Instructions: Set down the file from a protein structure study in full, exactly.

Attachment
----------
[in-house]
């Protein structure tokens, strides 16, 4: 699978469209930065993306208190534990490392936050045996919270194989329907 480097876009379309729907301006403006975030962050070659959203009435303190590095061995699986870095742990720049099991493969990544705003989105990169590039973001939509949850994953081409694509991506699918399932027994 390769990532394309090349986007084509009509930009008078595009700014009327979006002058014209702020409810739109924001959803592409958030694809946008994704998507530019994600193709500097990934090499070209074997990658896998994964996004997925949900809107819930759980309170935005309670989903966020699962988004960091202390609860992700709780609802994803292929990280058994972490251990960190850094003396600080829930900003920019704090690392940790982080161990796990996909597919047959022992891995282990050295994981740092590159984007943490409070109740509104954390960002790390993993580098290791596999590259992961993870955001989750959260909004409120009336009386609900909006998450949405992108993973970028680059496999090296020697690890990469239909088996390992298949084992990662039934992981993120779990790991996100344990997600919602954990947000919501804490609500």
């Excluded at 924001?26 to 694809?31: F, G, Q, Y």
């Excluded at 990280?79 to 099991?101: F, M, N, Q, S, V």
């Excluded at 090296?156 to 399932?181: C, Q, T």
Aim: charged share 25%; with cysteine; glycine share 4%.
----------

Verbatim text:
[in-house]
């Protein structure tokens, strides 16, 4: 699978469209930065993306208190534990490392936050045996919270194989329907 480097876009379309729907301006403006975030962050070659959203009435303190590095061995699986870095742990720049099991493969990544705003989105990169590039973001939509949850994953081409694509991506699918399932027994 390769990532394309090349986007084509009509930009008078595009700014009327979006002058014209702020409810739109924001959803592409958030694809946008994704998507530019994600193709500097990934090499070209074997990658896998994964996004997925949900809107819930759980309170935005309670989903966020699962988004960091202390609860992700709780609802994803292929990280058994972490251990960190850094003396600080829930900003920019704090690392940790982080161990796990996909597919047959022992891995282990050295994981740092590159984007943490409070109740509104954390960002790390993993580098290791596999590259992961993870955001989750959260909004409120009336009386609900909006998450949405992108993973970028680059496999090296020697690890990469239909088996390992298949084992990662039934992981993120779990790991996100344990997600919602954990947000919501804490609500």
């Excluded at 924001?26 to 694809?31: F, G, Q, Y």
């Excluded at 990280?79 to 099991?101: F, M, N, Q, S, V």
């Excluded at 090296?156 to 399932?181: C, Q, T």
Aim: charged share 25%; with cysteine; glycine share 4%.